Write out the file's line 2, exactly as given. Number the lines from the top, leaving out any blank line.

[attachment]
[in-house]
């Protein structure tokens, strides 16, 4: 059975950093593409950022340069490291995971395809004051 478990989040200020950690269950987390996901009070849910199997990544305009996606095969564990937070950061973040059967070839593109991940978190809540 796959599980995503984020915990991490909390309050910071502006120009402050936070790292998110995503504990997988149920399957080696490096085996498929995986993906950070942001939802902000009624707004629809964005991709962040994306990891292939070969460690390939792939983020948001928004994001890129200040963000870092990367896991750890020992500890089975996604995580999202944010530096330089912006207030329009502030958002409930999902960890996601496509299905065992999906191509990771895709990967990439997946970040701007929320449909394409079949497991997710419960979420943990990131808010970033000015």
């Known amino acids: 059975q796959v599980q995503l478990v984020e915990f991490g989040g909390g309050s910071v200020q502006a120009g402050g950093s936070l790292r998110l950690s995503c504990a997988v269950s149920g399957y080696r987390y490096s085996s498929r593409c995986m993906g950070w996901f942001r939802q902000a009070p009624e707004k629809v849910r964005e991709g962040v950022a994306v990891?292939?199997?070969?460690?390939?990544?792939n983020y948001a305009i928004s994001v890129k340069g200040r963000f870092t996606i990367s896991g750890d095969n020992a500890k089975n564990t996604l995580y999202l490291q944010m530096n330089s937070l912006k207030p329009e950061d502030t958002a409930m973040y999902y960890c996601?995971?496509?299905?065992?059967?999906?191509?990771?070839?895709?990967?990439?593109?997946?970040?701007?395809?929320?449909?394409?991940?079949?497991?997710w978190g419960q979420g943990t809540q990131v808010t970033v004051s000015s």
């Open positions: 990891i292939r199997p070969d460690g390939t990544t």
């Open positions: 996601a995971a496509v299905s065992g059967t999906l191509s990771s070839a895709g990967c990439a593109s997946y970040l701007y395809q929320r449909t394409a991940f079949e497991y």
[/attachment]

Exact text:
């Protein structure tokens, strides 16, 4: 059975950093593409950022340069490291995971395809004051 478990989040200020950690269950987390996901009070849910199997990544305009996606095969564990937070950061973040059967070839593109991940978190809540 796959599980995503984020915990991490909390309050910071502006120009402050936070790292998110995503504990997988149920399957080696490096085996498929995986993906950070942001939802902000009624707004629809964005991709962040994306990891292939070969460690390939792939983020948001928004994001890129200040963000870092990367896991750890020992500890089975996604995580999202944010530096330089912006207030329009502030958002409930999902960890996601496509299905065992999906191509990771895709990967990439997946970040701007929320449909394409079949497991997710419960979420943990990131808010970033000015």